Information about genetic diversity can help managers in national parks and other protected lands get a deeper understanding for the overall biological diversity of a place (which species live where and when). By showing which plants might be adapted to local conditions, genetic diversity can help identify priority areas for protection or action in response to climate change and other threats.
According to research published today in New Phytologist, measuring light reflected by leaves can be a quick, reliable substitute for lengthy and expensive testing to determine if a population of plants is genetically unique.
Schoodic Institute Forest Ecology Director Peter Nelson conducted the study with Lance Stasinski and Jose Meireles of the University of Maine and Rick Ree and Dawson White of Chicago’s Field Museum.
They measured the light reflected by leaves of Dryas, a small evergreen shrub that grows on mountains in central interior Alaska, where temperatures are warming at a rapid rate.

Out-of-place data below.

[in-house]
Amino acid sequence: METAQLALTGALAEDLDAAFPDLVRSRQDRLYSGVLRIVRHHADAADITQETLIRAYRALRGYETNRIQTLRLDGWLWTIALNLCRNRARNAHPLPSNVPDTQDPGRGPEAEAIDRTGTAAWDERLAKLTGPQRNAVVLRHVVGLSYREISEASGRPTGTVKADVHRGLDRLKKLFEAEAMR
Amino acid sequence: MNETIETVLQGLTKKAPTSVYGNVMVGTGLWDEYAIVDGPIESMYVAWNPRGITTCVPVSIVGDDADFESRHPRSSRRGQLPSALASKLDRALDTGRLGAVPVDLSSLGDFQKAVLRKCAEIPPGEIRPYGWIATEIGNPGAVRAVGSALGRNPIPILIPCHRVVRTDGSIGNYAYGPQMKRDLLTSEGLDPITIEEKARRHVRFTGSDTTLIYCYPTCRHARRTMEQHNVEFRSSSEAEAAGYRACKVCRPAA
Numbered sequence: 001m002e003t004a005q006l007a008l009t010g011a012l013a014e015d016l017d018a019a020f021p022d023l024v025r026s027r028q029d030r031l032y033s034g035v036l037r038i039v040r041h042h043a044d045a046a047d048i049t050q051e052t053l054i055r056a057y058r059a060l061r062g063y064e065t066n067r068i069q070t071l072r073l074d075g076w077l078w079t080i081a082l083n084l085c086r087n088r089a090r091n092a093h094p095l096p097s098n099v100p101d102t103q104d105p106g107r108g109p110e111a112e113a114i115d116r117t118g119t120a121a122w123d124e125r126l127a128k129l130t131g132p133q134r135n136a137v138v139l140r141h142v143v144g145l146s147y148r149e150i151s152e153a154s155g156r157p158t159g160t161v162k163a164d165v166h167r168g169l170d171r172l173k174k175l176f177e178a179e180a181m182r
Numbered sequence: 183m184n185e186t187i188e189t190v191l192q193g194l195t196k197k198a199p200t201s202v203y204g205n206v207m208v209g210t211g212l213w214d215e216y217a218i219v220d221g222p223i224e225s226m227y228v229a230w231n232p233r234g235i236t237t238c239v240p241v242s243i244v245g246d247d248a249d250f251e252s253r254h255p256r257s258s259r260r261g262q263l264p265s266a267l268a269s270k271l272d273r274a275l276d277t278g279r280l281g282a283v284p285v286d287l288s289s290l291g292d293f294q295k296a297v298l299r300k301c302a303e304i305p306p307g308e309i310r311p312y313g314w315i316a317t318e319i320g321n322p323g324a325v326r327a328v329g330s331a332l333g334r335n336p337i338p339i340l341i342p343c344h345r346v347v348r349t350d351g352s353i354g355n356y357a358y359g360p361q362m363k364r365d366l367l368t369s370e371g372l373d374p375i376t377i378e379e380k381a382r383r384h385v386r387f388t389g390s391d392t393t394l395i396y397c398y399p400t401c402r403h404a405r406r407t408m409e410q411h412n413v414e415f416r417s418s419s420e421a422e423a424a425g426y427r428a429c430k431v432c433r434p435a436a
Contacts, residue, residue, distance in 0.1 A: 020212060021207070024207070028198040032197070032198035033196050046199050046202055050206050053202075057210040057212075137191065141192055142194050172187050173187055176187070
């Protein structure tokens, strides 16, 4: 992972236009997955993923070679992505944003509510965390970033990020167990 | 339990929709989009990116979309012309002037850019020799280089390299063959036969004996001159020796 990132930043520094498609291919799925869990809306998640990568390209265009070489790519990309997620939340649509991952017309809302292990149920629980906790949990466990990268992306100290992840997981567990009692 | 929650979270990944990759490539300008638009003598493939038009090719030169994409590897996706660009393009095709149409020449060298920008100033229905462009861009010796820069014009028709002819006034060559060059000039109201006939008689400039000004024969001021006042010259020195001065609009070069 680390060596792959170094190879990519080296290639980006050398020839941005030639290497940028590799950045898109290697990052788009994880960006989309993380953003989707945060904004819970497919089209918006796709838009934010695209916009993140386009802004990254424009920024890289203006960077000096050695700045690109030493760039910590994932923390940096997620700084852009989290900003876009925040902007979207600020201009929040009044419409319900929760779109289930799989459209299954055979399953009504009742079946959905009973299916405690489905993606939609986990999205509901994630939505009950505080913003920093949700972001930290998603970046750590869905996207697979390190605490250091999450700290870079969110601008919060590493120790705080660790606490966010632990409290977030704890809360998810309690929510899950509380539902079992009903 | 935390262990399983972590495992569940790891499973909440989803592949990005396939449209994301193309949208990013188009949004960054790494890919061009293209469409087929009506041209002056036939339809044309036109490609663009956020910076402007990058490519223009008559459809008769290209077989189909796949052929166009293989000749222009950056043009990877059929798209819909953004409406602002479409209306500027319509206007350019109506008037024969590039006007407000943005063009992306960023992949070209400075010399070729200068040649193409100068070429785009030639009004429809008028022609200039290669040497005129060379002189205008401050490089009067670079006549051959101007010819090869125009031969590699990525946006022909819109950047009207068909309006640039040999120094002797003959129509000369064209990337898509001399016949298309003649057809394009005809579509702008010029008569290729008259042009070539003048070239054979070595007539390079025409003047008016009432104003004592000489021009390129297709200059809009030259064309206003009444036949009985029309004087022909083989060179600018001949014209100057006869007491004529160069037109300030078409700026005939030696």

From one mountaintop to the next, Dryas leaves reflected different amounts of light at different wavelengths, in ways that echo their genetic variation from each other. Even within the same species of Dryas, leaf light was unique each mountain, and laboratory analysis showed a corresponding unique genetic signature associated with each mountain’s plants. Such uniqueness means that they’re not sharing pollen or seeds with each other, and are genetically isolated.
Being able to tell one population of plants from another by “reading” leaf light could be a valuable tool for those working to preserve the diversity and resilience of public lands.
“In the field, we collect reflectance data on plant communities at many different scales. We can then use these unique reflectance signatures of plants to map vegetation across much larger areas, using aerial photography and sensors on NASA satellites,” said Nelson. Such information can be used to quantify wildlife habitat, or infer underground permafrost dynamics in tundra environments.
The research was funded by Tawani Foundation, NASA, U.S. Department of Agriculture, and the National Science Foundation.
Read more from the Field Museum.